By Hannah Anderson
Graduating from high school is a milestone for all students, but for some it’s even more momentous. For a student with cerebral palsy, two who survived cancer, one who had dropped out and two who struggled academically, graduation day signifies the ability to overcome potential obstacles on the road to educational success.
Chuckie Holm, South River High School
Because of cerebral palsy, 18-year-old Chuckie Holm is confined to a wheelchair and has difficulty speaking. He communicates through “yes” or “no” questions and by slowly typing on a computer he controls with a joystick, but that has not kept him from succeeding in school. Chuckie gets high grades and is on track to graduate with his non-disabled classmates in June.
“He’s a very intelligent young man but is stuck in a body that will not function for him,” explains Ellen Wasserman, special educator and reading specialist at South River. “Chuckie has every kind of difficulty you could imagine, and he’s still pushing his way through to graduate in four years, when often students take longer.”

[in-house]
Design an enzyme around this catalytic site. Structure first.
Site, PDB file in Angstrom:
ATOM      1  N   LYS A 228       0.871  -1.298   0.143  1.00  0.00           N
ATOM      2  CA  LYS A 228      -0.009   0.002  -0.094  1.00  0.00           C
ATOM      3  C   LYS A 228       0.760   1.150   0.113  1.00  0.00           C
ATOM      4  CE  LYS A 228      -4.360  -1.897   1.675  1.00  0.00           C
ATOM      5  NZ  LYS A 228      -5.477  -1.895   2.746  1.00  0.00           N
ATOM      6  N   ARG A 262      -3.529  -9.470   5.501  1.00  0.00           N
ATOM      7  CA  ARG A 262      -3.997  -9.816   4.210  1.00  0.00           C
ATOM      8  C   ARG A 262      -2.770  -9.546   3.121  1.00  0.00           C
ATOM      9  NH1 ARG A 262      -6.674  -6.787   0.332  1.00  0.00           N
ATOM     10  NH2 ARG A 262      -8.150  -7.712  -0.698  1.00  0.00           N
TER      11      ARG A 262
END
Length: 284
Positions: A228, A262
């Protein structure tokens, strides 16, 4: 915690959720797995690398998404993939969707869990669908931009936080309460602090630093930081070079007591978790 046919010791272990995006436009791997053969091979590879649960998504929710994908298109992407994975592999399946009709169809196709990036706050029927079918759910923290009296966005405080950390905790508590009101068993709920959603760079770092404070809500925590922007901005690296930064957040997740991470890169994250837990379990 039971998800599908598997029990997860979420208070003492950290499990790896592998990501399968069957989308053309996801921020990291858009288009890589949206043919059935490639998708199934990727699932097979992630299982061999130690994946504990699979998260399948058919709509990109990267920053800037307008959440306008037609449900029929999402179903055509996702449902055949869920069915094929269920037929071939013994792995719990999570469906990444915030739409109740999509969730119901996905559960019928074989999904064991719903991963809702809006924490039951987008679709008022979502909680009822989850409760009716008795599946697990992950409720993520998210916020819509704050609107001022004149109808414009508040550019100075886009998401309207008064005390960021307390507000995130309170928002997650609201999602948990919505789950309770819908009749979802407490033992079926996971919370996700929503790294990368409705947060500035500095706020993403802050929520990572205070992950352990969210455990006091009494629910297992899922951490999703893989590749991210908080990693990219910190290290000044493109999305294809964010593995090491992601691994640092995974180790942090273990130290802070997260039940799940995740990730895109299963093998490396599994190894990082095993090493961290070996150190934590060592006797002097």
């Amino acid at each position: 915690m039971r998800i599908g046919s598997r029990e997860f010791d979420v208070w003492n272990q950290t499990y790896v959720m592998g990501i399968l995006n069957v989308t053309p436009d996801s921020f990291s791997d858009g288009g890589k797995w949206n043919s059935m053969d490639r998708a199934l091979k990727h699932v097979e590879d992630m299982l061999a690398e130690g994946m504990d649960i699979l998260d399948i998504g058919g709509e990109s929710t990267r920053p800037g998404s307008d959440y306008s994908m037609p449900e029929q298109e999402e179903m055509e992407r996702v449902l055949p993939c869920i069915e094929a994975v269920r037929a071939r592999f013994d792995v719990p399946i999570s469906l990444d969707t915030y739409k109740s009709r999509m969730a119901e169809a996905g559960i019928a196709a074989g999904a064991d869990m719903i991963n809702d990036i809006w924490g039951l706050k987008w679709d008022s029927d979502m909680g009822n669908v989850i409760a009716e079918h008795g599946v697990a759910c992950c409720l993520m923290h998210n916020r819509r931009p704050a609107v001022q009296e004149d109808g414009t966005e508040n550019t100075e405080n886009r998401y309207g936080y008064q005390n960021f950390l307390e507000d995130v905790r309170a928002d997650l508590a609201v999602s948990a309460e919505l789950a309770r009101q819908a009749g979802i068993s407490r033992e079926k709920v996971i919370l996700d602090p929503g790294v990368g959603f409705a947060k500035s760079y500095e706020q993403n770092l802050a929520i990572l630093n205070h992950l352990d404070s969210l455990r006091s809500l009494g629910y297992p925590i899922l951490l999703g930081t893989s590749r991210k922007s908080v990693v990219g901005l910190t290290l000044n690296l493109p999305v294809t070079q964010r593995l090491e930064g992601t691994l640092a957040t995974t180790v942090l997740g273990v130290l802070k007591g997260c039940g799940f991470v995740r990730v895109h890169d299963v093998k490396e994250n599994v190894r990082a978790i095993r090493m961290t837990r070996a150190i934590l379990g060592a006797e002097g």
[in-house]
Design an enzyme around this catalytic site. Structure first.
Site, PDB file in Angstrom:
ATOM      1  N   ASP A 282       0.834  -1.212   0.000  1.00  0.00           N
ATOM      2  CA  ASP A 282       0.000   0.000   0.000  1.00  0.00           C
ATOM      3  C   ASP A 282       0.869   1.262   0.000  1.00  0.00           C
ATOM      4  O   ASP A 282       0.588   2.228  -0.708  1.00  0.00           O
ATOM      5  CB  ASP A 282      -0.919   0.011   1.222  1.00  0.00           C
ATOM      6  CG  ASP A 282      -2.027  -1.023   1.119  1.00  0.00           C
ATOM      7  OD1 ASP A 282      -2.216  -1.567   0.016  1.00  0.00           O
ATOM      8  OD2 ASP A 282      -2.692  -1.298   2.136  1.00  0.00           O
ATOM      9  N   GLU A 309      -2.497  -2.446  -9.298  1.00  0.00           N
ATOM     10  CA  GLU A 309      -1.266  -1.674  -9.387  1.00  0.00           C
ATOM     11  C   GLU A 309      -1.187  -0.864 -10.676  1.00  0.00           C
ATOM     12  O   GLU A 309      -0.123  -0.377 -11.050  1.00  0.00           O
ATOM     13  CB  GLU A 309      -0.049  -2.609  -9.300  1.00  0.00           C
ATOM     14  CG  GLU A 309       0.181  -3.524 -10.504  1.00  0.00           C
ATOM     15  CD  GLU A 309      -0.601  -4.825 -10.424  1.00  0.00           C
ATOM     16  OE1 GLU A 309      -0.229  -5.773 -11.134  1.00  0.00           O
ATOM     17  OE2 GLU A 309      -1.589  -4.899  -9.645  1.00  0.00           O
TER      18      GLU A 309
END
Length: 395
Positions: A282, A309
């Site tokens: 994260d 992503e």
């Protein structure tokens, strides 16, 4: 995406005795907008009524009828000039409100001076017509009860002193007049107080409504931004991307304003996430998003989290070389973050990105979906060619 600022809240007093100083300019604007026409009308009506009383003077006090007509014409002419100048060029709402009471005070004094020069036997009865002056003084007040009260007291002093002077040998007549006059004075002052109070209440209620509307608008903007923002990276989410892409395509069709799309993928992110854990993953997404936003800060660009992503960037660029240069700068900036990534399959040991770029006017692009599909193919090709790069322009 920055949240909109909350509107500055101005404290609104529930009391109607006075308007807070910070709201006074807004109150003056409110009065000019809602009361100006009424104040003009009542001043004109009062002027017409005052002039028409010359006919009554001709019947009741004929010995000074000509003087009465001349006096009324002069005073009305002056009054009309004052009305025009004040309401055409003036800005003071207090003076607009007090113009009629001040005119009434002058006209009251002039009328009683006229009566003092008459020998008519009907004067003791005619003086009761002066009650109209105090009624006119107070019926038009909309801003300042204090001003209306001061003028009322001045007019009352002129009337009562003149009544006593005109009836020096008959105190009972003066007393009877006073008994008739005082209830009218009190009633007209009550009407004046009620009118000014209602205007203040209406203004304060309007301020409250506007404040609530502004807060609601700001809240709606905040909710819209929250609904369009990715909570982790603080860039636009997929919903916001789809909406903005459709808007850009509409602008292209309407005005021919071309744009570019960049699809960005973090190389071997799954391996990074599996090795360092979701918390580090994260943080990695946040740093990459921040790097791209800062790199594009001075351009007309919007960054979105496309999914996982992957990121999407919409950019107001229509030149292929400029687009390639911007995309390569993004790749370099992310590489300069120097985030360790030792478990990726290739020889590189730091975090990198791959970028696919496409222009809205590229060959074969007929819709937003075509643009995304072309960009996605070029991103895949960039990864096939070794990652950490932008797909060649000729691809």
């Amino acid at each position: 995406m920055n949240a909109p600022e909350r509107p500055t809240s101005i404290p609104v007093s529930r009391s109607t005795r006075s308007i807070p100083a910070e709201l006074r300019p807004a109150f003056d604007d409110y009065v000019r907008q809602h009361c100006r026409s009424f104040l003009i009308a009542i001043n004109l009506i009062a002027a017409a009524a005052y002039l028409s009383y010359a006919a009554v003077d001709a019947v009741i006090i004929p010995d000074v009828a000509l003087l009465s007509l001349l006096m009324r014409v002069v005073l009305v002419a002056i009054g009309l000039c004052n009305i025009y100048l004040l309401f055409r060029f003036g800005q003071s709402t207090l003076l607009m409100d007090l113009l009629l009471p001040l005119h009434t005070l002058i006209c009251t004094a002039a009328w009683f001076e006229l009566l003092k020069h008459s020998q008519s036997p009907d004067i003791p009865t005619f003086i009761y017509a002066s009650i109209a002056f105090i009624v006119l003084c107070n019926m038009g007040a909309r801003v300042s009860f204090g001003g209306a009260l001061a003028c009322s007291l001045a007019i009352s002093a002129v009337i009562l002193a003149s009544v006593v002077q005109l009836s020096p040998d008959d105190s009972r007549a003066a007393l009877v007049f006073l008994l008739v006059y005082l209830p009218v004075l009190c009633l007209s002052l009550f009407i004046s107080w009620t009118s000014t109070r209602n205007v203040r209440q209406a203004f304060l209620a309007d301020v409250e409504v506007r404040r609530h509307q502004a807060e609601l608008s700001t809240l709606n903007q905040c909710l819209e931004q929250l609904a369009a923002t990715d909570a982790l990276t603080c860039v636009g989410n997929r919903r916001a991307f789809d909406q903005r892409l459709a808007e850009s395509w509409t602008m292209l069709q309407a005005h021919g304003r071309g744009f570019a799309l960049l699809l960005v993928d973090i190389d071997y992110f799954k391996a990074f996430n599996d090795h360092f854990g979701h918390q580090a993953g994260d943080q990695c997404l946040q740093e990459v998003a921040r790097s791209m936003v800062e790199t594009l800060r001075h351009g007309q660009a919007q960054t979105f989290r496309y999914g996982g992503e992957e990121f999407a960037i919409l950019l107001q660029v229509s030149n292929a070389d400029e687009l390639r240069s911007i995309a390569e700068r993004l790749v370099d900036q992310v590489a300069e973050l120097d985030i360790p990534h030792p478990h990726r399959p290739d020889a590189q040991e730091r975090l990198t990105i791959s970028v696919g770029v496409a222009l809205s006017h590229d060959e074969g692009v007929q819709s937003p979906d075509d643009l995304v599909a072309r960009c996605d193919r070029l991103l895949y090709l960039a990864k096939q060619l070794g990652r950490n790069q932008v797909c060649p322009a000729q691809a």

Not only is Chuckie achieving his goals, but he has also maintained a positive attitude along the way.
“Chuckie is diligent, the life of the party. He’s never upset; he’s always happy; he’s always brightening up every classroom he is in,” Wasserman says.
After he graduates, Chuckie wants to go to Senior Week in Ocean City and then to college at Anne Arundel Community College and the University of Maryland. He hopes his story of perseverance will inspire others.
“If I can do it, everyone can,” Chuckie says. “It is all about attitude. Keep smiling.”
Click next below to read about Morgan Creek, Annapolis High student, and other graduates overcoming challenges to graduate.